The Date

She ran her fingers through her hair. The long, artistic fingers played a tune against the strands. He was twenty minutes late and she was nervous. She hadn’t been on a date in years. “Just be yourself,” her friends had advised. “You’re beautiful,” her mother had said. But she felt like something was wrong with her. “Who dates at 40?” The question taunted her. Her thoughts were interrupted by a fifty-year-old gorgeous man who had specks of grey in his hair. His smile told her that her mother had been right.

On the way

“Should we turn to the right or the left?” She didn’t know. “Is it a house or a building of flats?” She had no idea. “Who else will be at the party?” She shrugged. He was getting exasperated. One more try. “How long have you known them?” She said she wasn’t sure. “Then why are we going to this thing?” She squeezed his hand. “Because you were bored at home.” He almost laughed.

The Boy Who Rhymed

Ronju was not a poet. He was not a writer really. But Ronju spoke in rhyme most of the time. If his mother asked him to get ready for school, he would say, “I am brushing my teeth, Mummy, or I’ll look funny.”
Whenever Father told Ronju to stop annoying their cat, Ronju would reply, “But our cat likes to wear your hat.”
Sometimes his friends became annoyed. They asked him to speak properly. “What is making you all so mad? Now I am feeling sad.”
Giri explained that normal people did not talk in rhyme. Chiki tried not to giggle. Ronju just had one thing to say. “Normal is too formal.”
Even the teachers at school and his drawing class were upset. What a strange little boy who did not realise he was being strange! They tried different ways to stop Ronju from behaving like a rhyming robot.
One day the principal, Mrs Das, called his parents. She said, “Ronju needs to learn to speak like the other children. If he does not change his ways, we will be forced to give him a punishment.”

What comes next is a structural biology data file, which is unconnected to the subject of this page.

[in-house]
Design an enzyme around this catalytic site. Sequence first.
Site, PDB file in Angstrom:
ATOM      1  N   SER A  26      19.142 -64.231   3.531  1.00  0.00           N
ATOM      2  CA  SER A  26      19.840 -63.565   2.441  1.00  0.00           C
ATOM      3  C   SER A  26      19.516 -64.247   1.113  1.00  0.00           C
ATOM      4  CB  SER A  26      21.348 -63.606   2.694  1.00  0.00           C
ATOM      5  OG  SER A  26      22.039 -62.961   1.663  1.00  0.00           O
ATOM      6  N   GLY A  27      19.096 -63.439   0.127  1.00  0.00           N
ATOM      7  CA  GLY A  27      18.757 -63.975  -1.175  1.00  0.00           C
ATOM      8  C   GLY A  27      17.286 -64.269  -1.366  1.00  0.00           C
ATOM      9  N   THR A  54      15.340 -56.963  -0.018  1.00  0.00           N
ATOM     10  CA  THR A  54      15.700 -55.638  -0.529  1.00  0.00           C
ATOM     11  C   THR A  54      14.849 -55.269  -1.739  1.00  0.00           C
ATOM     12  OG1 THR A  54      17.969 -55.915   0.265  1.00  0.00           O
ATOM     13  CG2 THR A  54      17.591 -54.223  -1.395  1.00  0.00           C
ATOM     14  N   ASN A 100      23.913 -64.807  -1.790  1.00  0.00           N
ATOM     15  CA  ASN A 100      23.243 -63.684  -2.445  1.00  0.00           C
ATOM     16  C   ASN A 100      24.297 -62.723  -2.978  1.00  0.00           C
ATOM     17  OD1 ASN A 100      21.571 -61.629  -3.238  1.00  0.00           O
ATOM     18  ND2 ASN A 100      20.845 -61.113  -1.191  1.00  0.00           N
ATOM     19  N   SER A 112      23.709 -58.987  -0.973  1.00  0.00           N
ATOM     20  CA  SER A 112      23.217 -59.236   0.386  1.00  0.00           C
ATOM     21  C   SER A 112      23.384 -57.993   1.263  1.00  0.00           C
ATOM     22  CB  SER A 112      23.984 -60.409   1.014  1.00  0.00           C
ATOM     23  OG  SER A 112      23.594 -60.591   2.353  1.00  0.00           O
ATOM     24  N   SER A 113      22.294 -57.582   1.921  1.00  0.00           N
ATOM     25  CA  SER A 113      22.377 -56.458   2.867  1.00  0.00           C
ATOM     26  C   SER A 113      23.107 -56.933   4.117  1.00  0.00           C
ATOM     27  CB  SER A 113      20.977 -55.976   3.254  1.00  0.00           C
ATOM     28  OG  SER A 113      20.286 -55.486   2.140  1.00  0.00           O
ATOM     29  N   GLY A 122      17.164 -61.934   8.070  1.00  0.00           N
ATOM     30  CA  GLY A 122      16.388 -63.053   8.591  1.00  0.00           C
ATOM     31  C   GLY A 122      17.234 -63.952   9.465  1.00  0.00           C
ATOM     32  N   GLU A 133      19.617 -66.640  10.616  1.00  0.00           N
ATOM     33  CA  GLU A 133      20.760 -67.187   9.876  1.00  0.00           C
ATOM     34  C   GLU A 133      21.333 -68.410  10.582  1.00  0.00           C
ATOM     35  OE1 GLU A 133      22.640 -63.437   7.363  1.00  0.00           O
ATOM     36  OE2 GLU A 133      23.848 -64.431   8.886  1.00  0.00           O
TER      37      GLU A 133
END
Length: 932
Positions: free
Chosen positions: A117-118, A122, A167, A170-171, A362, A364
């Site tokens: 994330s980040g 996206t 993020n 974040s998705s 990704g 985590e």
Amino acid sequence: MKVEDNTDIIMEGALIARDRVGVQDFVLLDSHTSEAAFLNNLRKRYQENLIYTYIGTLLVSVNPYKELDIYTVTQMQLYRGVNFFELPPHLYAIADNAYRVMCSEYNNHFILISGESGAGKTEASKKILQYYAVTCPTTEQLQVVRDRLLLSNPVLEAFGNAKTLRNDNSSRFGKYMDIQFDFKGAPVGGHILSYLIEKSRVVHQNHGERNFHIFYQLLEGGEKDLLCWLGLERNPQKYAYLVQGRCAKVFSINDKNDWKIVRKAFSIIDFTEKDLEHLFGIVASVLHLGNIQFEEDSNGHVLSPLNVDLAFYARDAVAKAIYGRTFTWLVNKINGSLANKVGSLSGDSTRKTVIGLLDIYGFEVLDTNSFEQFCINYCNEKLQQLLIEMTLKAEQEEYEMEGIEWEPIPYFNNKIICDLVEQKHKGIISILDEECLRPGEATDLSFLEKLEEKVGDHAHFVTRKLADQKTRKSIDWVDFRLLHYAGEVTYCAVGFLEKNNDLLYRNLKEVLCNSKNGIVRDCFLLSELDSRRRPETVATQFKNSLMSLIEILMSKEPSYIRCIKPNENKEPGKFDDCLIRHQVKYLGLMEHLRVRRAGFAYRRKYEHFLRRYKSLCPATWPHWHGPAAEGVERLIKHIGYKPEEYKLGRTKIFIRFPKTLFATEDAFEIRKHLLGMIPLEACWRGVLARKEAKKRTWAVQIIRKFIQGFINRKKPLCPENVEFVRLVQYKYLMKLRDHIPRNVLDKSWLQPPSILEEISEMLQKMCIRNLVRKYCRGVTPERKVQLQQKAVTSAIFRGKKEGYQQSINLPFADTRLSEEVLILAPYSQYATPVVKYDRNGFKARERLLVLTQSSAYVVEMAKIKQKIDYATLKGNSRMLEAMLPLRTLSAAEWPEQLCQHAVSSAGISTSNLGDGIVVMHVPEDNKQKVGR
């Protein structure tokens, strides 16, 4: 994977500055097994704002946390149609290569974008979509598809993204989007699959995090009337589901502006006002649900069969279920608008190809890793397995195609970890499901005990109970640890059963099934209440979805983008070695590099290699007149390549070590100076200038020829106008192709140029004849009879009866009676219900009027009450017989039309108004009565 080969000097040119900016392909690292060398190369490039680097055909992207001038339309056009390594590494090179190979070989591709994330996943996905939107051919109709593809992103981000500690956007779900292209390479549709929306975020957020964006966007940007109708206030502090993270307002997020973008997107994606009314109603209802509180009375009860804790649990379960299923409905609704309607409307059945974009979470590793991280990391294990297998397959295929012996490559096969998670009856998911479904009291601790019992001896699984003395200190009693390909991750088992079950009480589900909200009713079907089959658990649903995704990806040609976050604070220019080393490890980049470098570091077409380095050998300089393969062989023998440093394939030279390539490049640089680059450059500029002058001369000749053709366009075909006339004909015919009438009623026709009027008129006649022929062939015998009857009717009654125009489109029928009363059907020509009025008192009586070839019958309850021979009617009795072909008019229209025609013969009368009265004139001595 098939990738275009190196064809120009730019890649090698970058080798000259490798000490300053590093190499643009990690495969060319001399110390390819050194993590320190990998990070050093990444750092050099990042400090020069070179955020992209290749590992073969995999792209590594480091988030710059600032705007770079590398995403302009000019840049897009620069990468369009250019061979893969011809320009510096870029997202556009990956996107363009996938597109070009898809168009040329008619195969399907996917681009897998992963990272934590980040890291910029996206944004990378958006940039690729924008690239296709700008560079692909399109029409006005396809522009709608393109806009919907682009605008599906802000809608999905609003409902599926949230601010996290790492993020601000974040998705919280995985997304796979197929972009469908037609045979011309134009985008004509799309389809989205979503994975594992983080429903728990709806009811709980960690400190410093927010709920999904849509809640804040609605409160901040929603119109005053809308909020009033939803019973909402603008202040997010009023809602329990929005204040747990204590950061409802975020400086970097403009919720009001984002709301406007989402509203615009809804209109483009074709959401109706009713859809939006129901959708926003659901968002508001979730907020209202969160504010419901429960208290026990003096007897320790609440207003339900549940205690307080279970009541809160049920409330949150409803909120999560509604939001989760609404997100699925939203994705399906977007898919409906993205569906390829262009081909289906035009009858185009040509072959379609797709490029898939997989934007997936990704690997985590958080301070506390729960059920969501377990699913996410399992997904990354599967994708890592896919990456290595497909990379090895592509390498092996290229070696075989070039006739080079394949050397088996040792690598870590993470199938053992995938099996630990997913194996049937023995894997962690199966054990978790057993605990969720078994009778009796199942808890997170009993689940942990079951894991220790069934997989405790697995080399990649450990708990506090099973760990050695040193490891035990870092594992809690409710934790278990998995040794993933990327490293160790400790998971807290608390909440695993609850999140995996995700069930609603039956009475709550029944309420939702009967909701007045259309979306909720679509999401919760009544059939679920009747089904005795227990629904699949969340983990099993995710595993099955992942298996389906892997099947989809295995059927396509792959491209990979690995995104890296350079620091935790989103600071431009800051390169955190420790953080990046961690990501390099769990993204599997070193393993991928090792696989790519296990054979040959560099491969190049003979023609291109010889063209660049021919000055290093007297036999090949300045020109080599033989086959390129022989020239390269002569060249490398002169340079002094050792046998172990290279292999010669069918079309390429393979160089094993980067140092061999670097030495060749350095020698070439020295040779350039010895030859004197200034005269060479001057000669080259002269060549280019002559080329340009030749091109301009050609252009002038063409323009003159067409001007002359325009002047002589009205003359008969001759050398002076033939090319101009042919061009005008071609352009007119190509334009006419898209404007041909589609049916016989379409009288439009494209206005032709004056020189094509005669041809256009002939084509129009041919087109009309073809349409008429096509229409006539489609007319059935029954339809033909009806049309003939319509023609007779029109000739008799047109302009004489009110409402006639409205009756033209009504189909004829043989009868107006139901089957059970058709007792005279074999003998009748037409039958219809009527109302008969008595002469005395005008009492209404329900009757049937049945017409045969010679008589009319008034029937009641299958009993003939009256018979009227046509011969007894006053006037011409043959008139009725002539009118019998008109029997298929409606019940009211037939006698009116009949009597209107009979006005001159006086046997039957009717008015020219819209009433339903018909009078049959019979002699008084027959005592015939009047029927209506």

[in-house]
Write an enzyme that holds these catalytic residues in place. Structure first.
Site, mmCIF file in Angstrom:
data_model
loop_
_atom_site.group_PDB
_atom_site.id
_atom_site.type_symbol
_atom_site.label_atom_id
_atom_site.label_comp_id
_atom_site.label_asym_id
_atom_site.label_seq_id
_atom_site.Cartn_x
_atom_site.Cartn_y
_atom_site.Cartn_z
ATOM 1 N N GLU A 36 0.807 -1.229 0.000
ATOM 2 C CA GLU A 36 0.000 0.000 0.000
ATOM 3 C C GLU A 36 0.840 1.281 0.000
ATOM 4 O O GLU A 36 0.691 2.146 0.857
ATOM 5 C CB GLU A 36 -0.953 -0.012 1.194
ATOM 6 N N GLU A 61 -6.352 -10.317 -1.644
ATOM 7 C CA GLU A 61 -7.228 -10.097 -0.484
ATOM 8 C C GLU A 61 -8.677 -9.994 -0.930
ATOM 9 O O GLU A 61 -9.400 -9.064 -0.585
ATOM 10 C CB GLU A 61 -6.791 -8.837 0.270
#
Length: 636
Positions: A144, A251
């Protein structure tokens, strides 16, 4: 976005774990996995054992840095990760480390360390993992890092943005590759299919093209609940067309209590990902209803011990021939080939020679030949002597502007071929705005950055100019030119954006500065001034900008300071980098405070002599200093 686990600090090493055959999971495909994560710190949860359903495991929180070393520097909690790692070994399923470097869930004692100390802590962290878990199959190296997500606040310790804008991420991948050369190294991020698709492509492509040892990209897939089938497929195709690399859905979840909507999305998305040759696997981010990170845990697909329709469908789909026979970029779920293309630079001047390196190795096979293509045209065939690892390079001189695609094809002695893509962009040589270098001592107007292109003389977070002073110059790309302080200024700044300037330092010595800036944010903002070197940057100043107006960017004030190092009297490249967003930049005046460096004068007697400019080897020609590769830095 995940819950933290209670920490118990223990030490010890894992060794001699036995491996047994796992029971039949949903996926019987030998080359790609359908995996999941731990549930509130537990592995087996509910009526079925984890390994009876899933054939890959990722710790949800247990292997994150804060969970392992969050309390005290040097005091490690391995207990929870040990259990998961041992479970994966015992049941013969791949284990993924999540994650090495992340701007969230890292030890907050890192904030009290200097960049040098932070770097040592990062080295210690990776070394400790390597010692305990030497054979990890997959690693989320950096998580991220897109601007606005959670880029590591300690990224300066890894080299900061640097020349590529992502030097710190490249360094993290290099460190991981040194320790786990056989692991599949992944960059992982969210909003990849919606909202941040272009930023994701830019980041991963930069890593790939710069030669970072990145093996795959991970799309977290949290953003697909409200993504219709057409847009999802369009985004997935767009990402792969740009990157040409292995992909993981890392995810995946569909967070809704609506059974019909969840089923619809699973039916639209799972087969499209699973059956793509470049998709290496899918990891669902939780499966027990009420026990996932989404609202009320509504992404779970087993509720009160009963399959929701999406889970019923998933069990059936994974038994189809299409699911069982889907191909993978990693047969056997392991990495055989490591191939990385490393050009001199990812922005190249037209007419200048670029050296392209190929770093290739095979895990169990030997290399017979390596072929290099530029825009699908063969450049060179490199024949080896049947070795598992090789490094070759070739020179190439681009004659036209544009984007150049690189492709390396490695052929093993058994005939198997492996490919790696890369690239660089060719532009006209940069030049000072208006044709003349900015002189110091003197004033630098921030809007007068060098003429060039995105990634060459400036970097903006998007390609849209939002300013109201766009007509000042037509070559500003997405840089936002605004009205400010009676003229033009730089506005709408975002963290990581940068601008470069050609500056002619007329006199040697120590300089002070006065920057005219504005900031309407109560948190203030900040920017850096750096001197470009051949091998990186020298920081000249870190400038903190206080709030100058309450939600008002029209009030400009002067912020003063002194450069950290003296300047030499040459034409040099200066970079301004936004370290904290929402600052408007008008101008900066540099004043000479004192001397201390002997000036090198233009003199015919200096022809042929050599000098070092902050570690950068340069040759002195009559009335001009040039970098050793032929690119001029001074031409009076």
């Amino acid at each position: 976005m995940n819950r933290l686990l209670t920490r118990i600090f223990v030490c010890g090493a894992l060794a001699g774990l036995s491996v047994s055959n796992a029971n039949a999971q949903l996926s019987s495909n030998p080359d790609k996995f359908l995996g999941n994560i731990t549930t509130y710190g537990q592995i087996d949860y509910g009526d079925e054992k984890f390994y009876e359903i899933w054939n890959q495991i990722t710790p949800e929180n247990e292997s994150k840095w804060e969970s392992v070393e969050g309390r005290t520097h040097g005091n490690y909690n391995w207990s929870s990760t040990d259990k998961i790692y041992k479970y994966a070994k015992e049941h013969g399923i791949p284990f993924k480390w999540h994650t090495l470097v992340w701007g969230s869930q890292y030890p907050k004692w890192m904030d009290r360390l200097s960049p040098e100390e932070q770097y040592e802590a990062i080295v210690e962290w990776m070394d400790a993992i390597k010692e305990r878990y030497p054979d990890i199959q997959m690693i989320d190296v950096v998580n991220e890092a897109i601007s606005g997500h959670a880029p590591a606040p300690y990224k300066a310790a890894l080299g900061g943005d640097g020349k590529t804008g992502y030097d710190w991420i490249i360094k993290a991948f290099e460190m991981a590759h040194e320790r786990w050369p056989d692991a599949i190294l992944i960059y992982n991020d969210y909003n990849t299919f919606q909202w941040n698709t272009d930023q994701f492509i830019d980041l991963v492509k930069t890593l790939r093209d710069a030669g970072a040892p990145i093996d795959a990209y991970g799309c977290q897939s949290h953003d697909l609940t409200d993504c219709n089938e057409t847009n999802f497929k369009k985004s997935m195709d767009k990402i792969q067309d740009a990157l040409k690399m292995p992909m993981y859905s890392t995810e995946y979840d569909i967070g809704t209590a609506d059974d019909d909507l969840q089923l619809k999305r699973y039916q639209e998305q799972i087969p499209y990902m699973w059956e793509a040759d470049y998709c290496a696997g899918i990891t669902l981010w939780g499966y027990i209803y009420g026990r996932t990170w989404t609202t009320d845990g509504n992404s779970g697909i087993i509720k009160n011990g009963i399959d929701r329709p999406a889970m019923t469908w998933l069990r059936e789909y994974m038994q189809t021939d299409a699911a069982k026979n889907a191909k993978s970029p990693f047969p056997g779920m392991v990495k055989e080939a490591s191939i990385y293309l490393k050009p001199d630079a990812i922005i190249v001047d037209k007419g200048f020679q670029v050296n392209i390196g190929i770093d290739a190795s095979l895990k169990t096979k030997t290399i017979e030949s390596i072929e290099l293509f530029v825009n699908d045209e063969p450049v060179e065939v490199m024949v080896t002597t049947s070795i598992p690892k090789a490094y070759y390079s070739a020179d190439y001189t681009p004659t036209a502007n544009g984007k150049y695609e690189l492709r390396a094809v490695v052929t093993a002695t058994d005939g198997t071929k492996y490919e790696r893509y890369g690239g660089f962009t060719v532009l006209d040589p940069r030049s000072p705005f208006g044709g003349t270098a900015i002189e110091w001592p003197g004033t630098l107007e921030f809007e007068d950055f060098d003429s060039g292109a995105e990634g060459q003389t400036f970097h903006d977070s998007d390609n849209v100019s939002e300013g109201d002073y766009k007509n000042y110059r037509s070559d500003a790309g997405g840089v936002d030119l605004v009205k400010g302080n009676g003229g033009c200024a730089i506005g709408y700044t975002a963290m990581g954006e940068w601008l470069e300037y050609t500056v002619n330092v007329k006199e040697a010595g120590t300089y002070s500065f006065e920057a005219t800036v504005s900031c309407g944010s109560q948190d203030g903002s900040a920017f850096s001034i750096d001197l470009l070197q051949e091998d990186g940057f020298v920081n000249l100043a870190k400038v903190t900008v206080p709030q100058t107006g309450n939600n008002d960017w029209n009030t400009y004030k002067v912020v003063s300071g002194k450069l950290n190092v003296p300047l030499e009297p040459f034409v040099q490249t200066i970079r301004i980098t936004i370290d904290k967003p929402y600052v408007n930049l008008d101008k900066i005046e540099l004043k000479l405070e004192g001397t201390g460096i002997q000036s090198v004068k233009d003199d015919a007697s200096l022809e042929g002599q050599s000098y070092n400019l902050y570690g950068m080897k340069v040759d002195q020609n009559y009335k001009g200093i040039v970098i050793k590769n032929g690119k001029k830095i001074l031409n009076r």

Ronju was scolded that evening. His parents were shocked. “How can you act like this in school too!”
Before this visit to school, they had thought that Ronju spoke in rhyme only at home. It was a way to annoy them, they had thought.Ronju stayed quiet. He heard the harsh words without a protest. Later on, at dinner, he ate silently. When his mother put a second helping of potatoes on his plate, he didn’t say, “Potatoes are too round like the rocks on the ground.”
Usually, Ronju would say the spinach was as green as a sick fish’s fin. Today, he chewed it slowly. Now his parents were worried. Ronju was a talkative boy. He rarely stayed quiet. Sometimes his cousins jokingly called him a chatterbox.
The next day his father received a call from the principal’s office again. “He is completely quiet today. I see trouble because I expected at least a grumble,” she added. Then they both realised that she had rhymed her words!
They all met in the school once again. As before, Ronju joined them. The adults asked him to say something. He opened his mouth and then closed it again. Then he shook his head from left to right. “But why?” His parents and  the principal almost screamed in exasperation.
Ronju got up, wrote something on a piece of paper. Then he handed it to them. It said: Only if rhyme is fine.
The three adults said at the same time: Yes!
From that day, Ronju was allowed to talk as he wished to. His classmates began to rhyme their words too. Every morning, they greeted the teachers with, “Good morning, ma’am. We hope you wish us the same.” When somebody forgot to do her homework, she said, “I am sorry. You may blame me.”
At the end of the school year, they all wrote a book of poems for Mrs Das. It was all in rhyme.
First published in TeleKids (An ABP Group publication)

Durga Puja

The roll of the drums drowned out his sorrow. The strong odour of alcohol made his nose itch. His plate was empty minus a piece of roti. They were busy gobbling their food. He wore his usual torn shorts and four-year-old faded tee shirt. His right sandal was broken. They wore their new outfits, changing them day and night. His wife and child slept restlessly on the pavement, wishing their hunger would go away.